So what’s the problem? The reward for playing a game has to be the game itself. We often overlook this fact, making the reward the ending or leveling up or getting to explore new areas. This causes us (perhaps rightly) to want the player to have access to the reward.

The Safe Game

In a game where the game-play isn’t the telos (raison d’etré) of the game the idea of preventing the player from achieving the real goal of the game becomes illogical, almost absurd. Think of it this way: under what circumstances would you want to do something that is both tedious and difficult only to find out that you wasted your time and have to start all over again? Correct, never. Thus we create the safe game.

The safe game is any game where given X hours (with minor variance for skill) any player will beat the game and get the prize (as stated earlier this can be anything from hitting the level cap to getting to see the great CGI at the end). In the safe game, losing entails repeating some amount of the tedium in between starting the game up and getting that hungered for reward.

Monolith Soft's recently released PlayStation 2 role-playing game, Xenosaga Episode III.

The safe game fails in only one way…it isn’t a game. In many ways the safe game bears more resemblance to a movie or, at best, a theme park ride. It focuses on the non-interactive parts of the experience rather than on the interactive element that is the core of the ‘game’.

So why do we make safe games? I’ll just say it…because it’s easy. We use the safe game to cover up a flaw in our design. It is very difficult to make a good game, it is much simpler to make a pretty movie and stick it on the end of forty hours of tedious trigger twiddling. And you want to know what? Sometimes the experience is worth it. Sometimes the reward at the end of the long bland tunnel of repetitious game-play is fulfilling enough to justify the time. My hat comes off to all the CGI wizards, creative writers, inventive level designers who can make me come away satisfied regardless of the game-play -- but that’s not our business, we are game designers, our job is to make games.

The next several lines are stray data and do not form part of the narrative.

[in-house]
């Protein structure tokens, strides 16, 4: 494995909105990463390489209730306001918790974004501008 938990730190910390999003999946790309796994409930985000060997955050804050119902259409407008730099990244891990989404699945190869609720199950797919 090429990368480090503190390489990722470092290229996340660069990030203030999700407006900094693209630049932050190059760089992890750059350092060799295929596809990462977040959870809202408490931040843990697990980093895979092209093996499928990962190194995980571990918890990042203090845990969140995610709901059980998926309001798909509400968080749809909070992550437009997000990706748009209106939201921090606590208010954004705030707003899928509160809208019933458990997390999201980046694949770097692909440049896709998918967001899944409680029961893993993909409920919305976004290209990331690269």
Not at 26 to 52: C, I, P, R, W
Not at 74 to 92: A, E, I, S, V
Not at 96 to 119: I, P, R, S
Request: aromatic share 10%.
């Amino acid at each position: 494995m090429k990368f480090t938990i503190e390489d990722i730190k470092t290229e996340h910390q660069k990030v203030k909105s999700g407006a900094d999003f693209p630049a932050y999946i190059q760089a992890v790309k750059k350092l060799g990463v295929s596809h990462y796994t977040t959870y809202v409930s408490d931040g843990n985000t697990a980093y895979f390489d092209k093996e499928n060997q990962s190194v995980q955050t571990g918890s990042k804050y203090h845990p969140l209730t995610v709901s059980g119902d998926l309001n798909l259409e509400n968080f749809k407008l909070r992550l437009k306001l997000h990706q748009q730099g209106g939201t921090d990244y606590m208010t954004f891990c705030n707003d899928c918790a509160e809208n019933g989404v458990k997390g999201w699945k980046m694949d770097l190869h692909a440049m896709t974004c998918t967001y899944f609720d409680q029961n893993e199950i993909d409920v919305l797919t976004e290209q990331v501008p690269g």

Risk Versus Reward

Games are enjoyable for one of two reasons: either they challenge us in a way that we enjoy being challenged (say throwing a football for the player who likes physical challenges or making the right move in chess for the player who enjoys mental ones) or they fill us with the fear of loss and the hope of gain. The best games balance these two aspects, allowing us to modulate our risk by using our skill at the game without reducing our reward.[2]

Imagine playing roulette with an unlimited supply of play money or doing a crossword puzzle where the answers were given right after the questions. These games, while enjoyable under normal circumstances, cannot be enjoyed in this manner. The first case, roulette, was never a game of skill, thus when we remove its risk it becomes dull and boring. In the second case, once we remove the challenge from the crossword puzzle we lose interest as there is no risk to captivate us. This is analogous to modern video games.

If a game has a static reward but no element of risk then there is no incentive for the player to improve at the game. If the player does not care if they improve then the player cannot be challenged. Ergo we’ve removed both risk and challenge from the game and made it “unfun”.


Reward is the natural balance to risk but, if we confine reward to one invariable constant, we limit our ability to introduce risk. Instead of risk our game consists of a series of binary obstacles, passable or impassable. The standard game design solution to this is to make challenge A passable and challenges B through X impassable until A is complete. Once A has been completed something within the game changes to make B passable. This continues until the player completes X and gets the reward for finishing the game. Even games that are otherwise excellent can succumb to using this legerdemain (take for example Ico) but this is not an adequate solution.

Sony Computer Entertainment's popular PlayStation 2 adventure game, Ico.

It is easy to confuse an exceedingly linear game for a game with multiple rewards but it is important not to do so. Compare the game where you go through door A to get the key to door B to a simple crossword puzzle. The object of the crossword puzzle is to complete the crossword. Each word you fill out give you clues on how to solve the other words. You do not need any of these clues if you are good enough at crossword puzzles to simply fill in all the boxes but, for the most part, we use them to help us solve the words we are stuck on. Thus the reward for filling in a word correctly is assistance filling in the other words but the risk you run in incorrectly filling out a word is the confusion that ensues when you try and complete the words connected with it.